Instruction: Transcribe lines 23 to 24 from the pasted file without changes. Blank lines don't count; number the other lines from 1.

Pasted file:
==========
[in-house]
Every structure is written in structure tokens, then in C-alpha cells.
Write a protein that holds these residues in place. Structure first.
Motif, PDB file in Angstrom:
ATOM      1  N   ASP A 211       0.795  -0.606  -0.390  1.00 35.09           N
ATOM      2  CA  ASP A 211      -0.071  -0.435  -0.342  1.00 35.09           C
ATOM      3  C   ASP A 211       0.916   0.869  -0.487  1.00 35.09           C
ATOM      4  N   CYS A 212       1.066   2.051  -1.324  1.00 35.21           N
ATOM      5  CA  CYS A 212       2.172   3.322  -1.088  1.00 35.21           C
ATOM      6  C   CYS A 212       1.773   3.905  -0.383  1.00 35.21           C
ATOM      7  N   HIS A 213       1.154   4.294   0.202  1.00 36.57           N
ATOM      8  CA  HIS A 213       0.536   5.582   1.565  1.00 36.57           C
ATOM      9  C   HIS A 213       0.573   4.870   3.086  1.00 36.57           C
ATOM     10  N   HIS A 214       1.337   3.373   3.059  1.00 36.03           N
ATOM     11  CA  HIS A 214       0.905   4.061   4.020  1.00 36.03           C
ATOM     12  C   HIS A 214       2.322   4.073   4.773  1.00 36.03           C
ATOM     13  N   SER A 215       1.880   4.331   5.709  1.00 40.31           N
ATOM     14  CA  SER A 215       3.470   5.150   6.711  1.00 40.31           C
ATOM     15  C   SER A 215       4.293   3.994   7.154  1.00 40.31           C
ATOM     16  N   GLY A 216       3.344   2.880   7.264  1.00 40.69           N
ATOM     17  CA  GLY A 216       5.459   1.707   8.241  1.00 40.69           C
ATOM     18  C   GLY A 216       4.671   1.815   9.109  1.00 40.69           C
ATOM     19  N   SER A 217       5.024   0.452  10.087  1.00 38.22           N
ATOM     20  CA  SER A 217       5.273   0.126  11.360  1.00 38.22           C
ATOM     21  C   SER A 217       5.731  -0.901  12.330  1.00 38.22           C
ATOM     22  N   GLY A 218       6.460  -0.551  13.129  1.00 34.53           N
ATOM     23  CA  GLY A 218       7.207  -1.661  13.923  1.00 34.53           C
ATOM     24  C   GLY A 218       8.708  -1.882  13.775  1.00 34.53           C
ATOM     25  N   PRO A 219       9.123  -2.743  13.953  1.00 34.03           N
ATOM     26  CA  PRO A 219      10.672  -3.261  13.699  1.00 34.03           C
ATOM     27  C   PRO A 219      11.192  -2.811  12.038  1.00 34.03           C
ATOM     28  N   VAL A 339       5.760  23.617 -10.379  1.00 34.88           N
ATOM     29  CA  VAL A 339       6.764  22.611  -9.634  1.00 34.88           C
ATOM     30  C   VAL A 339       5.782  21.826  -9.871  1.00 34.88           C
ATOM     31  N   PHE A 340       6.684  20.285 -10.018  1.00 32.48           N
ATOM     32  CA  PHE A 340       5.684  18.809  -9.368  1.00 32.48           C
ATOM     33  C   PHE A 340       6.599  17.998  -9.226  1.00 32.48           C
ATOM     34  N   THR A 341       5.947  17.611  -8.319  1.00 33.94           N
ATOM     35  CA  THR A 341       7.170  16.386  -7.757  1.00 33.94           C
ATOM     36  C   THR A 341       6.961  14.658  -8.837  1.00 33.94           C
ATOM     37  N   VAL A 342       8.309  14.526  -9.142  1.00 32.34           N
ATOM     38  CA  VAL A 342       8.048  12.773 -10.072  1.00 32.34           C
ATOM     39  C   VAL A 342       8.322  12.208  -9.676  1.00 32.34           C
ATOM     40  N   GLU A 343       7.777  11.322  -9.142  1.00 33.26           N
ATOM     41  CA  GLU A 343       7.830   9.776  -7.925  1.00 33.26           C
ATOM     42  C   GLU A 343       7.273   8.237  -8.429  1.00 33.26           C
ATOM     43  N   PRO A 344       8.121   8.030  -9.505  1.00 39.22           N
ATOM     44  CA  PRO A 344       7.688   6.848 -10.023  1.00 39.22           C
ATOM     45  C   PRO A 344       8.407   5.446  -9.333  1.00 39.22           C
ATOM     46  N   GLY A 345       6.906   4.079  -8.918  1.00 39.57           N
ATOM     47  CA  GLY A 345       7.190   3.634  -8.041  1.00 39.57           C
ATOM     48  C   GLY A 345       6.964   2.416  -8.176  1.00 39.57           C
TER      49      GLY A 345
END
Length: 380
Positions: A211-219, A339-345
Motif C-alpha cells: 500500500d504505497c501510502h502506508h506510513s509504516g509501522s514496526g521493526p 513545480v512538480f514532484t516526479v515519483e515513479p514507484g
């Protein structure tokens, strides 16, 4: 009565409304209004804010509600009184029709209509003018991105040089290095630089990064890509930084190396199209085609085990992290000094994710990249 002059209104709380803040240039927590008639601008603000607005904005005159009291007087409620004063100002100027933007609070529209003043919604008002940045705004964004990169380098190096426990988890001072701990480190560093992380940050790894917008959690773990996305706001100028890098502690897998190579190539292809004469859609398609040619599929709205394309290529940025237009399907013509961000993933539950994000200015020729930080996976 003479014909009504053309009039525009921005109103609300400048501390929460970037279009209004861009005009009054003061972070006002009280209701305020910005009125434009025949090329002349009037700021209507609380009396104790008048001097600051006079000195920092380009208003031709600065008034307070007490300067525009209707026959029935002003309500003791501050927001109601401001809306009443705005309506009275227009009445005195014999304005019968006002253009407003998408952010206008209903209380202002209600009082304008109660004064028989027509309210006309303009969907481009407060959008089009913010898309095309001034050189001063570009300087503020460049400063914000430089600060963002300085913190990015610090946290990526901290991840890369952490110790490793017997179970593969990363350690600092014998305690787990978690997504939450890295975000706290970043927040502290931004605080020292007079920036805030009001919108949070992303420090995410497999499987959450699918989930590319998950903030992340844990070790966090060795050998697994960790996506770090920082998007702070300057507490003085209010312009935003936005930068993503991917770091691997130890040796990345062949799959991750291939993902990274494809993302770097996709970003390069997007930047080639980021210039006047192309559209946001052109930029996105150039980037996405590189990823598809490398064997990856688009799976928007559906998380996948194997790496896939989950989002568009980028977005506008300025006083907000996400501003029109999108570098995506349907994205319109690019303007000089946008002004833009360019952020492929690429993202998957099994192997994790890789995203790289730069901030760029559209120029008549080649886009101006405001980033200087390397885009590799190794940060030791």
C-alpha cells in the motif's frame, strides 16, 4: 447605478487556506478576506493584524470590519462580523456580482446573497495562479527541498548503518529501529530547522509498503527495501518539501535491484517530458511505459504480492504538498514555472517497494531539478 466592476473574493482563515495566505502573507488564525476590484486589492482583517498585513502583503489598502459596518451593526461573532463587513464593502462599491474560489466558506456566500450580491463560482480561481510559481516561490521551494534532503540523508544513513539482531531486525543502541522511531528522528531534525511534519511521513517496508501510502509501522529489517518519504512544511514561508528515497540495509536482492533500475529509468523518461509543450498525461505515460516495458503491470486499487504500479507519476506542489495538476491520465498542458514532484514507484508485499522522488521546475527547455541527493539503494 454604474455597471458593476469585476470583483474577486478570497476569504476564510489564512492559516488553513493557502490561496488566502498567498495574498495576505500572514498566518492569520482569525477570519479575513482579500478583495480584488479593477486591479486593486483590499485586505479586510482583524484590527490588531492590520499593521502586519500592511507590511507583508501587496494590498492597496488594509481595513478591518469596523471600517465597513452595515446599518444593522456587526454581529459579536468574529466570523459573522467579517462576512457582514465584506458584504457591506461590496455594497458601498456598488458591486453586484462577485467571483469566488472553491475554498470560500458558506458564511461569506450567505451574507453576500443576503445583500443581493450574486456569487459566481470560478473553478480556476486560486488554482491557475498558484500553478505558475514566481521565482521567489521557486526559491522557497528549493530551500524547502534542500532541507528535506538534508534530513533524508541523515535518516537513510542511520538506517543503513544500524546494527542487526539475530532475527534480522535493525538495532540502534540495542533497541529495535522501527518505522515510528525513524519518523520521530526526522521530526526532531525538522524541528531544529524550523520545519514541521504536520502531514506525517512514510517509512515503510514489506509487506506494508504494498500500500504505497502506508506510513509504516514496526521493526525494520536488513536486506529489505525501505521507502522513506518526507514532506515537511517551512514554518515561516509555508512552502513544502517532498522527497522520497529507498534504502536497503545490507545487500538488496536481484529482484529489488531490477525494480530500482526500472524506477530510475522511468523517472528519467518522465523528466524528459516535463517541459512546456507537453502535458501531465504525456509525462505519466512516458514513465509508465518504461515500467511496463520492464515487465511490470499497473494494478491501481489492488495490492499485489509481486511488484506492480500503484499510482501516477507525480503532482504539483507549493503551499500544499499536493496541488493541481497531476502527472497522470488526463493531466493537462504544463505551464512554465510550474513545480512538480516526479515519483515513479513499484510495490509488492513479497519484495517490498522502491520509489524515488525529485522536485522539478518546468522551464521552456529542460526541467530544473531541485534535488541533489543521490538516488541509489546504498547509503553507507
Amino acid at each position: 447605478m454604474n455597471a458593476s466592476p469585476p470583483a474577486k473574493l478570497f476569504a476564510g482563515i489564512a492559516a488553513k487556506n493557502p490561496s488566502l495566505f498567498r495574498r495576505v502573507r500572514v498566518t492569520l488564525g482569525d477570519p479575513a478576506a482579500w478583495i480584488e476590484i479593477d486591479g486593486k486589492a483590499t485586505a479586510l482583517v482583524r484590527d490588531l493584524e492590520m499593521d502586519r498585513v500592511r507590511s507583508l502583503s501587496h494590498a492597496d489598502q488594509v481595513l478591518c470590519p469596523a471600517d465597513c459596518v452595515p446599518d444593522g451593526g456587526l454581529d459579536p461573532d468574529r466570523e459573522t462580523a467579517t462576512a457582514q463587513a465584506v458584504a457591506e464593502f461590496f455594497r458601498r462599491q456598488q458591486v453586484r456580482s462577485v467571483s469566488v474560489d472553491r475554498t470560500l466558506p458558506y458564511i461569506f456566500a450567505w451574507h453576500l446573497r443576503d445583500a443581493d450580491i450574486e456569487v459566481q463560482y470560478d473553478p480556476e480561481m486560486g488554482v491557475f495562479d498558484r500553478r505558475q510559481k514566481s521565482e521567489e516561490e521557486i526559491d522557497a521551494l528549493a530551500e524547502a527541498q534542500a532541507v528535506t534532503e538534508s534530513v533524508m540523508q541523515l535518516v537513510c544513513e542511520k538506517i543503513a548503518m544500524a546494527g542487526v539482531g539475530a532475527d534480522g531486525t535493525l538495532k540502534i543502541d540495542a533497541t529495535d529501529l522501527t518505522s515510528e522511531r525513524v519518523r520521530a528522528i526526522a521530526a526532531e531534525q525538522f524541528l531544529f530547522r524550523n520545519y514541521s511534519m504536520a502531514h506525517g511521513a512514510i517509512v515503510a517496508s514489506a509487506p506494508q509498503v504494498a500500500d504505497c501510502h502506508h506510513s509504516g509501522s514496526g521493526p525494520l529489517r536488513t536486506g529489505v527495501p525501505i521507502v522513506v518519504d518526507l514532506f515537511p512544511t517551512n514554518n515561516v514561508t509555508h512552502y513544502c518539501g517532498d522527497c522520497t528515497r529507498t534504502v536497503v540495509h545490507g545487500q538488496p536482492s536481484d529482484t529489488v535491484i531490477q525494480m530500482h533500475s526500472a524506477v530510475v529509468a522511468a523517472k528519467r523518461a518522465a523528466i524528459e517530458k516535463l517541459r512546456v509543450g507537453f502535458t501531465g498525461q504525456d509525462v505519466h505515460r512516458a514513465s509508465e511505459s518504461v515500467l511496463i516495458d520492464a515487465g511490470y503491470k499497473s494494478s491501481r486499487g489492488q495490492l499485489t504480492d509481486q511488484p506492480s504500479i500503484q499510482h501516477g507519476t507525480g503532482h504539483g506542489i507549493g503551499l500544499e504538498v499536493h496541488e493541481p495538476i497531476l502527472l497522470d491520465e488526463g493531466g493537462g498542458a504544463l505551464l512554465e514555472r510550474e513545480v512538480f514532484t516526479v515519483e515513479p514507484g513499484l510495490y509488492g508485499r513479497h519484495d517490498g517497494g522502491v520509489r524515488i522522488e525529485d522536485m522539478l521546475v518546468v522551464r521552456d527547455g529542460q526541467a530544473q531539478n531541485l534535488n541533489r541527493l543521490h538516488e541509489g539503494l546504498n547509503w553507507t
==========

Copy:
ATOM     19  N   SER A 217       5.024   0.452  10.087  1.00 38.22           N
ATOM     20  CA  SER A 217       5.273   0.126  11.360  1.00 38.22           C